2. Agree with the posts above on In re Vogel. What bothers me the most about this decision is the reasoning that it is appropriate to look at the specification in this case to determine the scope of the claim. The “prior art” claim was to the compound itself. The potential uses of the compound do not relate to the scope of the claim.

  3. Thanks, Just, for reminding me of the correct cite – Vogel – about comparing claims to claims and not claims to spec in OTDP rejections.

  4. Just, it does appear the Feds have overruled a decision they cannot overrule except en banc.

    But, it happens all the time with this court. Respect for the law is not this court’s strong point.

  5. So just to be clear. Compositions and methods are always restricted vis-a-vis each other because they are patentably distinct, and yet we continue to find OTDP when compositions and methods are presented in separate applications. Of course, it is best to force a Restriction Requirement to avoid the whole issue, but that is merely form over function. If methods and compositions being patentably distinct from each other is basically black letter law at the PTO, the same should be true when OTDP is considered (although I am not the least bit surprised that it is not).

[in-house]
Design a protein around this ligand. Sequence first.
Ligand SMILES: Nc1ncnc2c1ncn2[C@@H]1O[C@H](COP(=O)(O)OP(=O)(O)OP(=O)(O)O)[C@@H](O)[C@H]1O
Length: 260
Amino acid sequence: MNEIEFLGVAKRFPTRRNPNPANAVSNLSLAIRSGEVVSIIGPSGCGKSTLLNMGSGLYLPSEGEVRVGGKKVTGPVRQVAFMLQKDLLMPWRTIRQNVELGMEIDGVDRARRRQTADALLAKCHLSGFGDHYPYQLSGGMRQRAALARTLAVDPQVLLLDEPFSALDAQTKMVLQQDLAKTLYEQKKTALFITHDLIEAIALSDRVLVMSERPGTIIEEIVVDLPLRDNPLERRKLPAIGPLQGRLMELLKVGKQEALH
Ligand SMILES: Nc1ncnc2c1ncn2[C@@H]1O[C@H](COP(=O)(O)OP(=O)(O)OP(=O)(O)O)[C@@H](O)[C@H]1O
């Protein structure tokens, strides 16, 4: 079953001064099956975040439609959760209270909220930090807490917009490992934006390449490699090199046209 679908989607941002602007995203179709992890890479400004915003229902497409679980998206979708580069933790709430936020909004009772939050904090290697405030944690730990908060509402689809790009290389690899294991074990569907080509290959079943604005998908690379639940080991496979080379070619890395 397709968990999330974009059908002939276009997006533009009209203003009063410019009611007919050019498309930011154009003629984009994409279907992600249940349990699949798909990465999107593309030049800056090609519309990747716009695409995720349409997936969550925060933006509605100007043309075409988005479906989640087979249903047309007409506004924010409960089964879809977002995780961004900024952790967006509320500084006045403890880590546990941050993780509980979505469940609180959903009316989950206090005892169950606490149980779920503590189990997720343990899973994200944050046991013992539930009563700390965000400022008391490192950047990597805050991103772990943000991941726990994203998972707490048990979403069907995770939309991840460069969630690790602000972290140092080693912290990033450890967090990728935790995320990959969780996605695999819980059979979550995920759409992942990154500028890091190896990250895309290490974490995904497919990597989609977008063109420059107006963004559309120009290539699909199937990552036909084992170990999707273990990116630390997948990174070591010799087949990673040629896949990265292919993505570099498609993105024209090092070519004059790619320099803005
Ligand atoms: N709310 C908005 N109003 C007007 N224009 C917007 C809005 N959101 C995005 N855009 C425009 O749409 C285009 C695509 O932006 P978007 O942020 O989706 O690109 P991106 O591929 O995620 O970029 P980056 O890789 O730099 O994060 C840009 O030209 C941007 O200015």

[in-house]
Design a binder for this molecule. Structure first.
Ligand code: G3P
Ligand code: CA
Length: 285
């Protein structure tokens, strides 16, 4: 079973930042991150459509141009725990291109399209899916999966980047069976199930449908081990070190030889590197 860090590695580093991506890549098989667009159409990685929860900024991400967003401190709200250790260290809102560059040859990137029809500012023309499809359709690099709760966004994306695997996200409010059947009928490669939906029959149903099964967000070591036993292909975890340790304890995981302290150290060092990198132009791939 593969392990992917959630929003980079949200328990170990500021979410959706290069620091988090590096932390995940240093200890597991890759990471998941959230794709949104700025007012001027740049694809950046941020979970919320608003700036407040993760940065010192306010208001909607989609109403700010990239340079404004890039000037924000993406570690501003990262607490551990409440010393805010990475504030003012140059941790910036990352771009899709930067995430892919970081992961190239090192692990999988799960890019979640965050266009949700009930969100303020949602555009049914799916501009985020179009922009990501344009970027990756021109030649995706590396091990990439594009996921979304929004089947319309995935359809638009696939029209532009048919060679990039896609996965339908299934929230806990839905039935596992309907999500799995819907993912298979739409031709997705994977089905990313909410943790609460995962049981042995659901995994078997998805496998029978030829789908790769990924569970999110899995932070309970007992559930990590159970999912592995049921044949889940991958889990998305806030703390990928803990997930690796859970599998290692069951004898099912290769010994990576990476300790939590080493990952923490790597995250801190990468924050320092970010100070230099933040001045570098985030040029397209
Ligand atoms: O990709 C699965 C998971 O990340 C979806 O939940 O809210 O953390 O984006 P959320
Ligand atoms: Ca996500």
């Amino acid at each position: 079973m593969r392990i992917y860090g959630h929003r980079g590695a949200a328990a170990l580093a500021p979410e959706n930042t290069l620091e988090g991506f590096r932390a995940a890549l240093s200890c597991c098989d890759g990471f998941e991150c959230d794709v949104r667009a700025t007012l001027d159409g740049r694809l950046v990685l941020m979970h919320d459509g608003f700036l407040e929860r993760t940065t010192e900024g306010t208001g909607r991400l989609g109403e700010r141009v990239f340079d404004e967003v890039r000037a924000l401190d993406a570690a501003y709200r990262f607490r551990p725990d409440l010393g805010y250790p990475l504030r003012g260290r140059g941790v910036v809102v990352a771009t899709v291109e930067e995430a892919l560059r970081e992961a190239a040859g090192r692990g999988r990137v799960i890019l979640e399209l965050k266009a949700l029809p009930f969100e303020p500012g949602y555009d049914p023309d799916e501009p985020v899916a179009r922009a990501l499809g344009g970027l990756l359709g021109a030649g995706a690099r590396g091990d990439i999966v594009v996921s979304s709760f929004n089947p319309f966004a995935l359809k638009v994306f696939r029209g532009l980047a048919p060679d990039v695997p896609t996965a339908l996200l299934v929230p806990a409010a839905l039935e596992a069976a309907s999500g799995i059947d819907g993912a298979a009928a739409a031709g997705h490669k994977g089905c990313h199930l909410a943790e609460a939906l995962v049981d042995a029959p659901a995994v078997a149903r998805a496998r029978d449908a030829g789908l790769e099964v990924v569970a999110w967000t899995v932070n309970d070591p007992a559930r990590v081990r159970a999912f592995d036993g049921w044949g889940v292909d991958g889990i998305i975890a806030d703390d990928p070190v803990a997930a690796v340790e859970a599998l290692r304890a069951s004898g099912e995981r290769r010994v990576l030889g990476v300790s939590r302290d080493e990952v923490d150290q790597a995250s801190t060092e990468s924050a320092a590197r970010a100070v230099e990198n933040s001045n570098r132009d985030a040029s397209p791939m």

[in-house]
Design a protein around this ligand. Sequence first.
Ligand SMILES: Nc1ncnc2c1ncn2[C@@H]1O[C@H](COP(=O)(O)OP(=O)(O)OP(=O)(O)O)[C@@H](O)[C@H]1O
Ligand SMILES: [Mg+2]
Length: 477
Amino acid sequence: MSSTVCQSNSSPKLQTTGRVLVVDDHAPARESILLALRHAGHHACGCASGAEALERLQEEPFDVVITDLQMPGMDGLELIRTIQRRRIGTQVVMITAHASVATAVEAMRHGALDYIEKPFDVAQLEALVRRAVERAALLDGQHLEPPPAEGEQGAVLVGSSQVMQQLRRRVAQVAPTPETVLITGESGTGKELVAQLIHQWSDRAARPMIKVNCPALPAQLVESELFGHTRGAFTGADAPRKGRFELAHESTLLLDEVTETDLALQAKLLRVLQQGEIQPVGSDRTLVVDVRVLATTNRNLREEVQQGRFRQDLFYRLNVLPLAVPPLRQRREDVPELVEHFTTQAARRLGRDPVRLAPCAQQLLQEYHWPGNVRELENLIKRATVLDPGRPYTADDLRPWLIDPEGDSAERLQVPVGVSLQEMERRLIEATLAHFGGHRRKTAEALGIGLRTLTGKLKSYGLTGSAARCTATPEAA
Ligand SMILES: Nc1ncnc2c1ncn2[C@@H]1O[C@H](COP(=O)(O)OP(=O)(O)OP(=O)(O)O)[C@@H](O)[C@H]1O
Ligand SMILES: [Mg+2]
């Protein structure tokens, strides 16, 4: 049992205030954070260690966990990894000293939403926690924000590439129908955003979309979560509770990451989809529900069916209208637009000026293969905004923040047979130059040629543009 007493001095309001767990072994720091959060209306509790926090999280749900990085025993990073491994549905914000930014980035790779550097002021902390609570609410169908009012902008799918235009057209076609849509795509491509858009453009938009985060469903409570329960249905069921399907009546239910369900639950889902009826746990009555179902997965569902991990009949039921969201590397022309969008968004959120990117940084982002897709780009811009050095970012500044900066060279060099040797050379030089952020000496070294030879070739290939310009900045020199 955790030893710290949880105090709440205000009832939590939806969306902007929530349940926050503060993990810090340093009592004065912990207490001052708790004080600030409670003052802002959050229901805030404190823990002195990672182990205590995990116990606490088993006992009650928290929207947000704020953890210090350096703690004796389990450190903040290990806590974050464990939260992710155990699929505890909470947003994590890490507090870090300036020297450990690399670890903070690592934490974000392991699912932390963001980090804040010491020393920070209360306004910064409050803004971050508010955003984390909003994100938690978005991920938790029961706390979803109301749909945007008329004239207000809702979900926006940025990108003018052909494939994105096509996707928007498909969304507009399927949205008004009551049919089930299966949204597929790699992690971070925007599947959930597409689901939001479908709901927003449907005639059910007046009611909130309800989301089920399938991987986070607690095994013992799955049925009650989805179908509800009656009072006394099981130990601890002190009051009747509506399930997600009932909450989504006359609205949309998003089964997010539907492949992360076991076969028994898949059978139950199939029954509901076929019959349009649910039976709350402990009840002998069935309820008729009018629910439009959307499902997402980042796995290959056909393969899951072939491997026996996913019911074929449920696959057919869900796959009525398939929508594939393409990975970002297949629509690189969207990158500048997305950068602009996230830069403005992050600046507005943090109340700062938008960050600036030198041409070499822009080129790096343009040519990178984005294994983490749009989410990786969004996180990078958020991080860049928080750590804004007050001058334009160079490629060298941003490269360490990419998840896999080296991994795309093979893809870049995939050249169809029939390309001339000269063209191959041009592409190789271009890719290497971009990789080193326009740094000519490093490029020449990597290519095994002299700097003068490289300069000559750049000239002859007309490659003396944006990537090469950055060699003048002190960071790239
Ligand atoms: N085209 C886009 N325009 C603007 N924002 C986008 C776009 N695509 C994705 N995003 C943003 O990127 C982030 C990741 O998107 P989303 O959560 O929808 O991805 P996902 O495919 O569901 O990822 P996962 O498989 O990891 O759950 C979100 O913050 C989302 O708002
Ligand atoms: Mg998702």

6. Absent from this decision, and from the earlier decisions in Geneva and Pfizer, is a discussion of In re Vogel, which explicitly prohibited use of the specification for the purposes now apparently allowed by these cases. See In re Vogel, 422 F.2d 438, 164 USPQ 619 (CCPA 1970):

    “The second analysis question is: Does any claim in the application define merely an obvious variation of an invention disclosed and claimed in the patent? In considering the question, the patent disclosure may not be used as prior art.